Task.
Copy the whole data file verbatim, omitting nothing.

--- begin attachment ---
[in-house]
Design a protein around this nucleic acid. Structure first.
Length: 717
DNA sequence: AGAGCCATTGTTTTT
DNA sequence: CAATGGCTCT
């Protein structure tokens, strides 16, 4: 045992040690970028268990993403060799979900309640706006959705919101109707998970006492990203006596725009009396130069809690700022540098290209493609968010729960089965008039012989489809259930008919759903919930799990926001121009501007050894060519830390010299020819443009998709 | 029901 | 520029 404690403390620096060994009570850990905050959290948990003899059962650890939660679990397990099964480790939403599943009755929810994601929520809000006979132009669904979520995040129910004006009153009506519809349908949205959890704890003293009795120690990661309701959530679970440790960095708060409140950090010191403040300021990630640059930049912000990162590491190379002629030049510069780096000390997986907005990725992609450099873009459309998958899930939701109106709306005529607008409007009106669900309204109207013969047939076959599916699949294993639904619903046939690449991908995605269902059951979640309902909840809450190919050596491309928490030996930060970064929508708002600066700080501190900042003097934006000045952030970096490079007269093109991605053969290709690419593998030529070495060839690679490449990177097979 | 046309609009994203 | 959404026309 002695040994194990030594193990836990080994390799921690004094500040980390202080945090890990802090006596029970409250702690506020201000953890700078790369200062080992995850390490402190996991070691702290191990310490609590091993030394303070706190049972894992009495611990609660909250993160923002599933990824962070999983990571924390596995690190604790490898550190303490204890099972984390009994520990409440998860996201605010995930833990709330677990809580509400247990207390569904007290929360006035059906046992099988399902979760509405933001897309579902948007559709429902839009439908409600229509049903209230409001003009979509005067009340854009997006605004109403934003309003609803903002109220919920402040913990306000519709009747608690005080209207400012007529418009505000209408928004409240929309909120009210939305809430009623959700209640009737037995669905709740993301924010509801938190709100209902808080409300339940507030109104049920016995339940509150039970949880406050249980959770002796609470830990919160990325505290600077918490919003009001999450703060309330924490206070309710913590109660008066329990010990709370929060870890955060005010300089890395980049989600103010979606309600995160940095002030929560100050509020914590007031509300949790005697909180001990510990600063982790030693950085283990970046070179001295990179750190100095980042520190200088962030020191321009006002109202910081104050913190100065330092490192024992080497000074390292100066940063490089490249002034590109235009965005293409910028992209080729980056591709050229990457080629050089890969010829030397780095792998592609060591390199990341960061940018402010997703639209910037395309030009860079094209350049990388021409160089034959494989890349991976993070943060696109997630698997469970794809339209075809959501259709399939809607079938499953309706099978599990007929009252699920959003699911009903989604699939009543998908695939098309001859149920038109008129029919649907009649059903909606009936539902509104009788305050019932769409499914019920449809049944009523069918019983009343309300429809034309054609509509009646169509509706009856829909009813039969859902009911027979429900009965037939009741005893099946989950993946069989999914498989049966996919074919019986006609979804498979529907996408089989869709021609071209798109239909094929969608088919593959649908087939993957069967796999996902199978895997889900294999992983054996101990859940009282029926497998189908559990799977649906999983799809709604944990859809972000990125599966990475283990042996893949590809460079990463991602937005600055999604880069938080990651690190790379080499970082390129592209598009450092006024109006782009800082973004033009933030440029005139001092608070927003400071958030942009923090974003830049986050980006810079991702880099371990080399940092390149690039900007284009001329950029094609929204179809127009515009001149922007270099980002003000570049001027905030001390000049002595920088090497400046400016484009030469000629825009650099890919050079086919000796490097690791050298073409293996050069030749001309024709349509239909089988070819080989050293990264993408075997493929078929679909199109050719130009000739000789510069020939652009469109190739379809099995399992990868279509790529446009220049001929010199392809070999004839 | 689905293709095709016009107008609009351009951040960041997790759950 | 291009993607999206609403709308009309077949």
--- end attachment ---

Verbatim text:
[in-house]
Design a protein around this nucleic acid. Structure first.
Length: 717
DNA sequence: AGAGCCATTGTTTTT
DNA sequence: CAATGGCTCT
């Protein structure tokens, strides 16, 4: 045992040690970028268990993403060799979900309640706006959705919101109707998970006492990203006596725009009396130069809690700022540098290209493609968010729960089965008039012989489809259930008919759903919930799990926001121009501007050894060519830390010299020819443009998709 | 029901 | 520029 404690403390620096060994009570850990905050959290948990003899059962650890939660679990397990099964480790939403599943009755929810994601929520809000006979132009669904979520995040129910004006009153009506519809349908949205959890704890003293009795120690990661309701959530679970440790960095708060409140950090010191403040300021990630640059930049912000990162590491190379002629030049510069780096000390997986907005990725992609450099873009459309998958899930939701109106709306005529607008409007009106669900309204109207013969047939076959599916699949294993639904619903046939690449991908995605269902059951979640309902909840809450190919050596491309928490030996930060970064929508708002600066700080501190900042003097934006000045952030970096490079007269093109991605053969290709690419593998030529070495060839690679490449990177097979 | 046309609009994203 | 959404026309 002695040994194990030594193990836990080994390799921690004094500040980390202080945090890990802090006596029970409250702690506020201000953890700078790369200062080992995850390490402190996991070691702290191990310490609590091993030394303070706190049972894992009495611990609660909250993160923002599933990824962070999983990571924390596995690190604790490898550190303490204890099972984390009994520990409440998860996201605010995930833990709330677990809580509400247990207390569904007290929360006035059906046992099988399902979760509405933001897309579902948007559709429902839009439908409600229509049903209230409001003009979509005067009340854009997006605004109403934003309003609803903002109220919920402040913990306000519709009747608690005080209207400012007529418009505000209408928004409240929309909120009210939305809430009623959700209640009737037995669905709740993301924010509801938190709100209902808080409300339940507030109104049920016995339940509150039970949880406050249980959770002796609470830990919160990325505290600077918490919003009001999450703060309330924490206070309710913590109660008066329990010990709370929060870890955060005010300089890395980049989600103010979606309600995160940095002030929560100050509020914590007031509300949790005697909180001990510990600063982790030693950085283990970046070179001295990179750190100095980042520190200088962030020191321009006002109202910081104050913190100065330092490192024992080497000074390292100066940063490089490249002034590109235009965005293409910028992209080729980056591709050229990457080629050089890969010829030397780095792998592609060591390199990341960061940018402010997703639209910037395309030009860079094209350049990388021409160089034959494989890349991976993070943060696109997630698997469970794809339209075809959501259709399939809607079938499953309706099978599990007929009252699920959003699911009903989604699939009543998908695939098309001859149920038109008129029919649907009649059903909606009936539902509104009788305050019932769409499914019920449809049944009523069918019983009343309300429809034309054609509509009646169509509706009856829909009813039969859902009911027979429900009965037939009741005893099946989950993946069989999914498989049966996919074919019986006609979804498979529907996408089989869709021609071209798109239909094929969608088919593959649908087939993957069967796999996902199978895997889900294999992983054996101990859940009282029926497998189908559990799977649906999983799809709604944990859809972000990125599966990475283990042996893949590809460079990463991602937005600055999604880069938080990651690190790379080499970082390129592209598009450092006024109006782009800082973004033009933030440029005139001092608070927003400071958030942009923090974003830049986050980006810079991702880099371990080399940092390149690039900007284009001329950029094609929204179809127009515009001149922007270099980002003000570049001027905030001390000049002595920088090497400046400016484009030469000629825009650099890919050079086919000796490097690791050298073409293996050069030749001309024709349509239909089988070819080989050293990264993408075997493929078929679909199109050719130009000739000789510069020939652009469109190739379809099995399992990868279509790529446009220049001929010199392809070999004839 | 689905293709095709016009107008609009351009951040960041997790759950 | 291009993607999206609403709308009309077949």